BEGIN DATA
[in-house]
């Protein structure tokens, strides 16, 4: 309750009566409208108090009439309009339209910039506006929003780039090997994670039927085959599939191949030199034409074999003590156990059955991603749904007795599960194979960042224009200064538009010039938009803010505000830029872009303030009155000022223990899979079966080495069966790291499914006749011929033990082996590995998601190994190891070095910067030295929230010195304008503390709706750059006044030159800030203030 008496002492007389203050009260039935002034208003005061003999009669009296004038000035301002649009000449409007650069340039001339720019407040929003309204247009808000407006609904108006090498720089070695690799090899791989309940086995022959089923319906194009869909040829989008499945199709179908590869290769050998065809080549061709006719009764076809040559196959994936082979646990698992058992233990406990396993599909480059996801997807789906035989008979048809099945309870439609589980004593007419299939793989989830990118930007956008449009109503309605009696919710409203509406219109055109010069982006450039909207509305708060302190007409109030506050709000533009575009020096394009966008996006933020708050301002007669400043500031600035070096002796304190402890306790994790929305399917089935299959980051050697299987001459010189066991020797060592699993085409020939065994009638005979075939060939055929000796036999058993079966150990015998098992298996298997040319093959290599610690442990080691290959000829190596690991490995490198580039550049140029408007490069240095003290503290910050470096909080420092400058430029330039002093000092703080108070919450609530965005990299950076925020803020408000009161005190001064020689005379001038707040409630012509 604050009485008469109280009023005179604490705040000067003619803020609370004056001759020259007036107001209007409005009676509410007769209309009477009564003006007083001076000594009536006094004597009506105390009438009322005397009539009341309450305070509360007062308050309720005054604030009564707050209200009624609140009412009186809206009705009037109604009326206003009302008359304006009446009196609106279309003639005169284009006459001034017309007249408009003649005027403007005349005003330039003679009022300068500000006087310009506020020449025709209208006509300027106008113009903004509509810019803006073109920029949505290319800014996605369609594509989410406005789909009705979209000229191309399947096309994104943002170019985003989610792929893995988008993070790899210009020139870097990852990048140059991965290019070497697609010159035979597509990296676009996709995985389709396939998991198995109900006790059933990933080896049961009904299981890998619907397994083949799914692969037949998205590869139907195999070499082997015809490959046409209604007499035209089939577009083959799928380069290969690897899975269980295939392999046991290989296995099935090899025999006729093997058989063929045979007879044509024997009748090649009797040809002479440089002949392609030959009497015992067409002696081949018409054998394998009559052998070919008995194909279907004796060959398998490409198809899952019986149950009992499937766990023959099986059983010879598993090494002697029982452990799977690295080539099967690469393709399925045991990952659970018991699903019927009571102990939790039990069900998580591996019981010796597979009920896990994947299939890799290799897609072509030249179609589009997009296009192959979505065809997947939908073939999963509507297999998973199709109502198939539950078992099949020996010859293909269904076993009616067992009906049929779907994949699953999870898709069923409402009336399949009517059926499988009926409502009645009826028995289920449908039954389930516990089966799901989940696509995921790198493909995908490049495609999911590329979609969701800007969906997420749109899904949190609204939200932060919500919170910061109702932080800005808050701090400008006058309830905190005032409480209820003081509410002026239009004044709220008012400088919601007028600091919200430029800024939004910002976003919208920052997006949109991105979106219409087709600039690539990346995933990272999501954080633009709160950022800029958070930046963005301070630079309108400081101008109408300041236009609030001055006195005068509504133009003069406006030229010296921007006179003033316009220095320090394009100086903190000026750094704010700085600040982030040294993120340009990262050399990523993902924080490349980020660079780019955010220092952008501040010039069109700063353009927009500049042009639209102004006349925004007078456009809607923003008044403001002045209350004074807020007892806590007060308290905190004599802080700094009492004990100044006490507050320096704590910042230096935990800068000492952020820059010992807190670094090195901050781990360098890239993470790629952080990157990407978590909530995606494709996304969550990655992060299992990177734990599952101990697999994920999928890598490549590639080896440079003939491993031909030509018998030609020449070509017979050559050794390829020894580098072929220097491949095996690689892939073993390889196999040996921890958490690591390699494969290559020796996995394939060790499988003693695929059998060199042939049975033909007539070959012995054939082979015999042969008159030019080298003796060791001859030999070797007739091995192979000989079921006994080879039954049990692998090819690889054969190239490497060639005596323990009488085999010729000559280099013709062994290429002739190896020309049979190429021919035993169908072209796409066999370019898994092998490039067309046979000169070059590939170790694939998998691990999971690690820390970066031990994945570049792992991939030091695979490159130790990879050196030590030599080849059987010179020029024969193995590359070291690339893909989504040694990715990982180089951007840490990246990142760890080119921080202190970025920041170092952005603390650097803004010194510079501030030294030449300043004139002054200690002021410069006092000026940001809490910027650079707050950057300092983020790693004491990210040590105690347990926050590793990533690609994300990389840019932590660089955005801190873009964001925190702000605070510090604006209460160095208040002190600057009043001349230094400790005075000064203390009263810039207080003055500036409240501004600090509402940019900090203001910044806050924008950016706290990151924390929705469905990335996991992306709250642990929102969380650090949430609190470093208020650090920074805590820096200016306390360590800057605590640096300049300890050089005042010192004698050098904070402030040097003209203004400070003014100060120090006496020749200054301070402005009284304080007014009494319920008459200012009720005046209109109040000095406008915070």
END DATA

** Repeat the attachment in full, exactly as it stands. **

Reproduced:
[in-house]
């Protein structure tokens, strides 16, 4: 309750009566409208108090009439309009339209910039506006929003780039090997994670039927085959599939191949030199034409074999003590156990059955991603749904007795599960194979960042224009200064538009010039938009803010505000830029872009303030009155000022223990899979079966080495069966790291499914006749011929033990082996590995998601190994190891070095910067030295929230010195304008503390709706750059006044030159800030203030 008496002492007389203050009260039935002034208003005061003999009669009296004038000035301002649009000449409007650069340039001339720019407040929003309204247009808000407006609904108006090498720089070695690799090899791989309940086995022959089923319906194009869909040829989008499945199709179908590869290769050998065809080549061709006719009764076809040559196959994936082979646990698992058992233990406990396993599909480059996801997807789906035989008979048809099945309870439609589980004593007419299939793989989830990118930007956008449009109503309605009696919710409203509406219109055109010069982006450039909207509305708060302190007409109030506050709000533009575009020096394009966008996006933020708050301002007669400043500031600035070096002796304190402890306790994790929305399917089935299959980051050697299987001459010189066991020797060592699993085409020939065994009638005979075939060939055929000796036999058993079966150990015998098992298996298997040319093959290599610690442990080691290959000829190596690991490995490198580039550049140029408007490069240095003290503290910050470096909080420092400058430029330039002093000092703080108070919450609530965005990299950076925020803020408000009161005190001064020689005379001038707040409630012509 604050009485008469109280009023005179604490705040000067003619803020609370004056001759020259007036107001209007409005009676509410007769209309009477009564003006007083001076000594009536006094004597009506105390009438009322005397009539009341309450305070509360007062308050309720005054604030009564707050209200009624609140009412009186809206009705009037109604009326206003009302008359304006009446009196609106279309003639005169284009006459001034017309007249408009003649005027403007005349005003330039003679009022300068500000006087310009506020020449025709209208006509300027106008113009903004509509810019803006073109920029949505290319800014996605369609594509989410406005789909009705979209000229191309399947096309994104943002170019985003989610792929893995988008993070790899210009020139870097990852990048140059991965290019070497697609010159035979597509990296676009996709995985389709396939998991198995109900006790059933990933080896049961009904299981890998619907397994083949799914692969037949998205590869139907195999070499082997015809490959046409209604007499035209089939577009083959799928380069290969690897899975269980295939392999046991290989296995099935090899025999006729093997058989063929045979007879044509024997009748090649009797040809002479440089002949392609030959009497015992067409002696081949018409054998394998009559052998070919008995194909279907004796060959398998490409198809899952019986149950009992499937766990023959099986059983010879598993090494002697029982452990799977690295080539099967690469393709399925045991990952659970018991699903019927009571102990939790039990069900998580591996019981010796597979009920896990994947299939890799290799897609072509030249179609589009997009296009192959979505065809997947939908073939999963509507297999998973199709109502198939539950078992099949020996010859293909269904076993009616067992009906049929779907994949699953999870898709069923409402009336399949009517059926499988009926409502009645009826028995289920449908039954389930516990089966799901989940696509995921790198493909995908490049495609999911590329979609969701800007969906997420749109899904949190609204939200932060919500919170910061109702932080800005808050701090400008006058309830905190005032409480209820003081509410002026239009004044709220008012400088919601007028600091919200430029800024939004910002976003919208920052997006949109991105979106219409087709600039690539990346995933990272999501954080633009709160950022800029958070930046963005301070630079309108400081101008109408300041236009609030001055006195005068509504133009003069406006030229010296921007006179003033316009220095320090394009100086903190000026750094704010700085600040982030040294993120340009990262050399990523993902924080490349980020660079780019955010220092952008501040010039069109700063353009927009500049042009639209102004006349925004007078456009809607923003008044403001002045209350004074807020007892806590007060308290905190004599802080700094009492004990100044006490507050320096704590910042230096935990800068000492952020820059010992807190670094090195901050781990360098890239993470790629952080990157990407978590909530995606494709996304969550990655992060299992990177734990599952101990697999994920999928890598490549590639080896440079003939491993031909030509018998030609020449070509017979050559050794390829020894580098072929220097491949095996690689892939073993390889196999040996921890958490690591390699494969290559020796996995394939060790499988003693695929059998060199042939049975033909007539070959012995054939082979015999042969008159030019080298003796060791001859030999070797007739091995192979000989079921006994080879039954049990692998090819690889054969190239490497060639005596323990009488085999010729000559280099013709062994290429002739190896020309049979190429021919035993169908072209796409066999370019898994092998490039067309046979000169070059590939170790694939998998691990999971690690820390970066031990994945570049792992991939030091695979490159130790990879050196030590030599080849059987010179020029024969193995590359070291690339893909989504040694990715990982180089951007840490990246990142760890080119921080202190970025920041170092952005603390650097803004010194510079501030030294030449300043004139002054200690002021410069006092000026940001809490910027650079707050950057300092983020790693004491990210040590105690347990926050590793990533690609994300990389840019932590660089955005801190873009964001925190702000605070510090604006209460160095208040002190600057009043001349230094400790005075000064203390009263810039207080003055500036409240501004600090509402940019900090203001910044806050924008950016706290990151924390929705469905990335996991992306709250642990929102969380650090949430609190470093208020650090920074805590820096200016306390360590800057605590640096300049300890050089005042010192004698050098904070402030040097003209203004400070003014100060120090006496020749200054301070402005009284304080007014009494319920008459200012009720005046209109109040000095406008915070």